Bad Idea by StarLight|
Summary: After the War of the Ring Legolas settles in Ithilien, but King Thranduil misses his son and invites him to Greenwood for a visit. To everyone’s horror the younger elf decides to bring a friend. And a friend’s father.
Disclaimer: All characters and places belong to Tolkien Estate and New Line Cinema. Fortunately! If I owned both Thranduil and Glóin I would have had no idea what to do with them.
The dwarf fixed him with a cold, dark glare. Snow-white hair was framing the wrinkled face, but age had done nothing to lessen the flame in those determined brown eyes.
Gimli fidgeted nervously. He could not understand how his father’s gaze alone was always able to make him feel once again like a little dwarfling whose beard had not yet grown to its full length.
“You expect me to meet the Elvenking?” Glóin’s voice was under control, but his son could easily sense the underlying danger.
“Legolas thinks that you two should meet,” the dwarf said in a small voice. “He believes that there can be friendship among our peoples.”
“Legolas? Ah, the Elf. I see.” Glóin looked at the younger dwarf critically. “And you, my son? What do you think?”
Gimli hesitated. “I think that this is a very bad idea.”
“Good,” his father said approvingly and nodded in satisfaction. “I see that you have kept your wits in spite of the time spent with the Elf.”
“You are not coming then?” Gimli asked, trying to hide the relief in his voice.
Glóin grinned. “On the contrary. If I do not come, your Elf will never know just how bad his idea has been.”
Gimli gulped nervously. He did not like this at all.
Legolas was relieved to learn that Faramir had just returned from his short visit to Minas Tirith. Gimli and his father were expected to arrive any time now, if Glóin accepted the invitation of course, and he wanted to leave for his father’s halls immediately. However, he did not want to leave Ithilien unattended and was glad about the Steward’s presence.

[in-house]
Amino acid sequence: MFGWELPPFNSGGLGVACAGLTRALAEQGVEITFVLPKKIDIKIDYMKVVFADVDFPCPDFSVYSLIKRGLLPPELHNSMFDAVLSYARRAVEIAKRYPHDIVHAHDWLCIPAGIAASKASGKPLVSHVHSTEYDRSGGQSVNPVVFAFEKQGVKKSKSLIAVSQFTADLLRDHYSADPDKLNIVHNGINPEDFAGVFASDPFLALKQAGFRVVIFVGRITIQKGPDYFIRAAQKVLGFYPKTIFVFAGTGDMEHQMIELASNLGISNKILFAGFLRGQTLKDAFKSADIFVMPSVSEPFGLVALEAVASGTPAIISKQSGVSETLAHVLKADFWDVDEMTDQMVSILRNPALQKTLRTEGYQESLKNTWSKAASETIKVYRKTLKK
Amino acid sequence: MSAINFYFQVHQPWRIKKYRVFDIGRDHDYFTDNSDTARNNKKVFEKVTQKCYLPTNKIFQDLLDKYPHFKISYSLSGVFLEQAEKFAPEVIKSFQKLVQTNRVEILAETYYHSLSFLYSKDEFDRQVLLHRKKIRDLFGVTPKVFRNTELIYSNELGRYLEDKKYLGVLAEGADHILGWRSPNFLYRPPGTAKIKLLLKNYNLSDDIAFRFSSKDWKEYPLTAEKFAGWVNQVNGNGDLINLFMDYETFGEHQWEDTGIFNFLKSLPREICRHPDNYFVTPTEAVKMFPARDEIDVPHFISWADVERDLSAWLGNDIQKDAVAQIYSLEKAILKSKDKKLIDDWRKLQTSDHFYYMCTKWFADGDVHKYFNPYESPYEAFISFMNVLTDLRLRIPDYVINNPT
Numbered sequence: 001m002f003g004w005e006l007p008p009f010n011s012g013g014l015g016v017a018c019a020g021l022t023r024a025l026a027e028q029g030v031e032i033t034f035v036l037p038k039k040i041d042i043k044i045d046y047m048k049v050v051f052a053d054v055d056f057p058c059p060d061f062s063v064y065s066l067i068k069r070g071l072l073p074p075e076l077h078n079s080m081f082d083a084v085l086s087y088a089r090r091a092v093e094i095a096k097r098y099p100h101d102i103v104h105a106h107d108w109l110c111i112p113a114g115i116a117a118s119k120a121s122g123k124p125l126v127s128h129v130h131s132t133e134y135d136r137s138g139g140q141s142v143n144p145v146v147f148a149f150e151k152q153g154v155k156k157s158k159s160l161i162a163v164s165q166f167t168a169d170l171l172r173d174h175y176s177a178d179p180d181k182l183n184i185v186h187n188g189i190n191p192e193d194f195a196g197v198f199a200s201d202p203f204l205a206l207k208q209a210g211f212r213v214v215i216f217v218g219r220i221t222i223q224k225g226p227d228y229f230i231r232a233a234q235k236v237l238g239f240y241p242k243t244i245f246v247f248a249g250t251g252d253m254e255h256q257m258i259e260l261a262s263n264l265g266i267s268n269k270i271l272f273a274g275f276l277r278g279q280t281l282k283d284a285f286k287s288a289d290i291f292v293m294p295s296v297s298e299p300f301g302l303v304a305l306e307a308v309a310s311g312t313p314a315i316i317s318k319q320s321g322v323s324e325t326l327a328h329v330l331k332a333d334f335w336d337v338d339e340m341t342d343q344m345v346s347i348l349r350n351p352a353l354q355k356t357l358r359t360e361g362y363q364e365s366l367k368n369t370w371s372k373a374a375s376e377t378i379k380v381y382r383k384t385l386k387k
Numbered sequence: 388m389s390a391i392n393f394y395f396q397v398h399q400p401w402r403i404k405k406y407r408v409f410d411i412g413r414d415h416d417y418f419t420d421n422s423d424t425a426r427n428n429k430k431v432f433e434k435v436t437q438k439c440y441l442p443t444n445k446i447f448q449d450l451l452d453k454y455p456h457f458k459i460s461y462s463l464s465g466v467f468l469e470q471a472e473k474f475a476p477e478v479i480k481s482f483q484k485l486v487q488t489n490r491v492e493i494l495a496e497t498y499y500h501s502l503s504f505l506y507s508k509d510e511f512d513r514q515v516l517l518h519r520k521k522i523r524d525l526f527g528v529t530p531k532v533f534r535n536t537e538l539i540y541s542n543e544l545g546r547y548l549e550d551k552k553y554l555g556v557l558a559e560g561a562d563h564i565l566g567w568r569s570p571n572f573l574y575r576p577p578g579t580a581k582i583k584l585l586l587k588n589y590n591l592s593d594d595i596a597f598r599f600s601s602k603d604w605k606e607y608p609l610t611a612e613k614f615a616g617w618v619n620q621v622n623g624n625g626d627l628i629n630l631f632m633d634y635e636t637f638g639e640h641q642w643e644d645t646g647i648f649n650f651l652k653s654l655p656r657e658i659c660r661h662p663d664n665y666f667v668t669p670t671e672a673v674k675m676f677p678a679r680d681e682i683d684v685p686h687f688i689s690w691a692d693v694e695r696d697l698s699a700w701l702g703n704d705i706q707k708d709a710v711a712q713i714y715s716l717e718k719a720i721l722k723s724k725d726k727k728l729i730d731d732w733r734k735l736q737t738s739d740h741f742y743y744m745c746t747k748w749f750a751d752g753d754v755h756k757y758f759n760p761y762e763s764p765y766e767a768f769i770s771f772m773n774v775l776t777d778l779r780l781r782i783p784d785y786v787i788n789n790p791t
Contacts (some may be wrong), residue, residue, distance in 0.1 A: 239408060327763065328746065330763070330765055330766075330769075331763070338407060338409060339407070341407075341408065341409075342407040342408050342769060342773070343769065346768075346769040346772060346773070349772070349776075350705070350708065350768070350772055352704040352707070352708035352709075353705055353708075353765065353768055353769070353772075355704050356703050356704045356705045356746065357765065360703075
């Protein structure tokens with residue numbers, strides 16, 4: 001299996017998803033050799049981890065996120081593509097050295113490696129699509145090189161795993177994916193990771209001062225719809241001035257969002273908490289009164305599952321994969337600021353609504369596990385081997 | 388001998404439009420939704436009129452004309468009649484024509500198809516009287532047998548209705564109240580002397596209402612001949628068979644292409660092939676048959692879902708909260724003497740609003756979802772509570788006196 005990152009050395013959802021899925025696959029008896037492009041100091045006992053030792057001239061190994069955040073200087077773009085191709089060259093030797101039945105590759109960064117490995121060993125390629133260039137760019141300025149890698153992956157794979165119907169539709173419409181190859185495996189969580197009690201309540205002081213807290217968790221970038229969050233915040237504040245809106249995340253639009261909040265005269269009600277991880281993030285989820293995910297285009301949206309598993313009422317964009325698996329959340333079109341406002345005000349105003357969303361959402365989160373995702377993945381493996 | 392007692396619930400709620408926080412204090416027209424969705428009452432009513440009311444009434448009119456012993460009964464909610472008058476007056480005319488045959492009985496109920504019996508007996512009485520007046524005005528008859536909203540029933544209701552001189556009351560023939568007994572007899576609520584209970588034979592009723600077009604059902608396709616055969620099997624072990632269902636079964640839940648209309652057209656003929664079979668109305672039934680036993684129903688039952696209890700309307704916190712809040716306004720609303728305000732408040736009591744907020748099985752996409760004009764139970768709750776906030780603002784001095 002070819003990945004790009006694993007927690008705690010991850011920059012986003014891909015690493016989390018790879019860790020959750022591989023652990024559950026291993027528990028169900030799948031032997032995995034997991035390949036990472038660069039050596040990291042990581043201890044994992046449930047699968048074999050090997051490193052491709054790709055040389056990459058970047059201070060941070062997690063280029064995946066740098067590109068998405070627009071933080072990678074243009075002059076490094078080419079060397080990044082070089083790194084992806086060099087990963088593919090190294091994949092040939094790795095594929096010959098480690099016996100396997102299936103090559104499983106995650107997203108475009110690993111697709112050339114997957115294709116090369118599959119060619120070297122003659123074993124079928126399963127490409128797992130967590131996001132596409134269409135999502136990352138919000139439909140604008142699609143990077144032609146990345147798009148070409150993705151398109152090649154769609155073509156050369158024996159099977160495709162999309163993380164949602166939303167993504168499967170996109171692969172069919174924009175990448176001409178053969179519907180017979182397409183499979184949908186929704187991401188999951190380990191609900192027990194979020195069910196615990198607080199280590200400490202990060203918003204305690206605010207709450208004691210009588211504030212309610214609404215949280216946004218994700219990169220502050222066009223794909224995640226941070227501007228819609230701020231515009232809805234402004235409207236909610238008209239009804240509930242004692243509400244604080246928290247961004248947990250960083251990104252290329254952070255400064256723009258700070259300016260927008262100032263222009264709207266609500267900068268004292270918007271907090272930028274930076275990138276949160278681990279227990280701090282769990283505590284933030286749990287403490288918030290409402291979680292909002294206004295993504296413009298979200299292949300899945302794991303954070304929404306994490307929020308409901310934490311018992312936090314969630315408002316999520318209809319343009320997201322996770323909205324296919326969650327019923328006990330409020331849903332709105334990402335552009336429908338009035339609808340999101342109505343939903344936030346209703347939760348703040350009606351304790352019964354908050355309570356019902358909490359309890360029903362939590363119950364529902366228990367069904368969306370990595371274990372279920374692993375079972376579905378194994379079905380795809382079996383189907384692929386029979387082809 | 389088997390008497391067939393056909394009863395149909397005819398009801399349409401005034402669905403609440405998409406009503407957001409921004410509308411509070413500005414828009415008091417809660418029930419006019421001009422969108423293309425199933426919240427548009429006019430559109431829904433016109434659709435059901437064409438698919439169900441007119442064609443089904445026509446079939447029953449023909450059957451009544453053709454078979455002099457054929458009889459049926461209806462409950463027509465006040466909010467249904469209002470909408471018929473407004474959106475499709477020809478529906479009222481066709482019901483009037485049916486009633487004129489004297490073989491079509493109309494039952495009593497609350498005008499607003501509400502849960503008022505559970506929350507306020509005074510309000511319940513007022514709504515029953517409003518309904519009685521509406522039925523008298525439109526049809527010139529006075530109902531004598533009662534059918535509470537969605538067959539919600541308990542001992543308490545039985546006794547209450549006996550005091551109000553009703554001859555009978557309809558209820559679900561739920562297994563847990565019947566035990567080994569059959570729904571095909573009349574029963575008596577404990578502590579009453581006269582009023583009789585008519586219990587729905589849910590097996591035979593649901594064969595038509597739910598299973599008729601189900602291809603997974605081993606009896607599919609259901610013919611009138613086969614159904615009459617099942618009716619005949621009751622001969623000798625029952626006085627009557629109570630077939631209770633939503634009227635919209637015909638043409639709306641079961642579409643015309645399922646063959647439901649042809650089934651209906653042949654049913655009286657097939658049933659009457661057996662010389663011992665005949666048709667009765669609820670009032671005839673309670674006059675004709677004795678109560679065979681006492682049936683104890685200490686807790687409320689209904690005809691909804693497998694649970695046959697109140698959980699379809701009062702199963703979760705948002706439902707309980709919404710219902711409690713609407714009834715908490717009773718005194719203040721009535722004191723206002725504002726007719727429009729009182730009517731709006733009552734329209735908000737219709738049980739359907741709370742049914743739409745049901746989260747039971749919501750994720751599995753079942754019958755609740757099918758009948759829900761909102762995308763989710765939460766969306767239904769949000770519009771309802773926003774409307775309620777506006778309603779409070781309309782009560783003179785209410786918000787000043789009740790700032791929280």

Not long ago a letter had arrived from his father, asking him to come for a visit. Legolas had been thinking for some time that it would be good to introduce Gimli to King Thranduil, and had invited his friend to come along. This was when he realized that he was curious to meet Gimli’s father as well.
And then disaster happened. In a moment of madness, which the other Ithilien elves contributed to some evil sorcerer who had stolen their lord’s brain, Legolas decided that it would be a wonderful idea for Glóin and Thranduil to meet. Surely the two could easily resolve their differences, and maybe even be friends.
The Elves in Ithilien shook their heads in horror, wondering desperately if Legolas would ever get his brain back. They truly hoped it would be before his plan had been set into motion.
But the Valar had already decided otherwise.
Legolas strode forward and greeted Faramir with a wide smile. “Well met, my friend!” He called. “What news of the White City? How fares the King?”
The Steward suppressed an exasperated sigh. “King Elessar fares well, but he is quite shocked by your decision and begs you to reconsider it.”
The elf laughed. He had expected that much. “Did you tell him that he is invited to join us?”
“I did. He regrets that he cannot come, but his duties keep him in Minas Tirith.”
“His duties?” The elf snorted in disbelief. “I am sure he is simply scared to be present when my father meets Glóin.”
“And he should be,” Faramir said darkly.
Legolas smiled in amusement. It was not such a bad idea, was it? He only hoped that Glóin would accept the invitation.
“My Lord?” Legolas raised his head from the letter he had been writing and nodded at the elven messenger. “Lord Gimli and his father have arrived.”
The Lord of Ithilien cried out in joy in a rather undignified manner and rushed to meet the guests. Men and elves turned back to look at the fair creature, running fast as a panther, his hair flowing like a golden banner behind him. Faramir spotted him and shook his head in apprehension. “This is a very, very bad idea,” he murmured.
Legolas stopped shortly before he had come in sight of the two guests and fixed a slender braid that had become loose during his mad rush. After brushing some dust off his clothes the elf was satisfied that he looked presentable enough and walked forward with a genuine smile.